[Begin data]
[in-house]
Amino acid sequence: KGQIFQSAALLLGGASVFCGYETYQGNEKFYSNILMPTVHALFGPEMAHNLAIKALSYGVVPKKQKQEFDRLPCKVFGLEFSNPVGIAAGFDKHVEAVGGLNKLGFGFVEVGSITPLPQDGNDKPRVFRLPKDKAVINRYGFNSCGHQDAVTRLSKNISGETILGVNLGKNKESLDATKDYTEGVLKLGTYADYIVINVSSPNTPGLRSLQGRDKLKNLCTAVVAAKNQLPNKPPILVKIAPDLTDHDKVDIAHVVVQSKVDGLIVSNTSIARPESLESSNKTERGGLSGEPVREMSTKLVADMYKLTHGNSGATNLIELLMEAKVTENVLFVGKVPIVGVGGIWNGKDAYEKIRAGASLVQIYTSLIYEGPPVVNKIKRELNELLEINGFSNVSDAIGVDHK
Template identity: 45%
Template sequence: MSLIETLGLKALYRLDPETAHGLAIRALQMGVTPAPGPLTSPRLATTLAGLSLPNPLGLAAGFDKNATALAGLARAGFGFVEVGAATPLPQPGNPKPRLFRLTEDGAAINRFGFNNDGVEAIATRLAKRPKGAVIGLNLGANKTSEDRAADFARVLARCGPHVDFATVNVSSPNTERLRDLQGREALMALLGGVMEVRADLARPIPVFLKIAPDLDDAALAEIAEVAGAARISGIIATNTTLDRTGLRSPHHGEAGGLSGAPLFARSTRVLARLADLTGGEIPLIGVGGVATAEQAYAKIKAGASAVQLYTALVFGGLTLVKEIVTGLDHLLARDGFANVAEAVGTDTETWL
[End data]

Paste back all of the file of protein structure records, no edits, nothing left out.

[in-house]
Amino acid sequence: KGQIFQSAALLLGGASVFCGYETYQGNEKFYSNILMPTVHALFGPEMAHNLAIKALSYGVVPKKQKQEFDRLPCKVFGLEFSNPVGIAAGFDKHVEAVGGLNKLGFGFVEVGSITPLPQDGNDKPRVFRLPKDKAVINRYGFNSCGHQDAVTRLSKNISGETILGVNLGKNKESLDATKDYTEGVLKLGTYADYIVINVSSPNTPGLRSLQGRDKLKNLCTAVVAAKNQLPNKPPILVKIAPDLTDHDKVDIAHVVVQSKVDGLIVSNTSIARPESLESSNKTERGGLSGEPVREMSTKLVADMYKLTHGNSGATNLIELLMEAKVTENVLFVGKVPIVGVGGIWNGKDAYEKIRAGASLVQIYTSLIYEGPPVVNKIKRELNELLEINGFSNVSDAIGVDHK
Template identity: 45%
Template sequence: MSLIETLGLKALYRLDPETAHGLAIRALQMGVTPAPGPLTSPRLATTLAGLSLPNPLGLAAGFDKNATALAGLARAGFGFVEVGAATPLPQPGNPKPRLFRLTEDGAAINRFGFNNDGVEAIATRLAKRPKGAVIGLNLGANKTSEDRAADFARVLARCGPHVDFATVNVSSPNTERLRDLQGREALMALLGGVMEVRADLARPIPVFLKIAPDLDDAALAEIAEVAGAARISGIIATNTTLDRTGLRSPHHGEAGGLSGAPLFARSTRVLARLADLTGGEIPLIGVGGVATAEQAYAKIKAGASAVQLYTALVFGGLTLVKEIVTGLDHLLARDGFANVAEAVGTDTETWL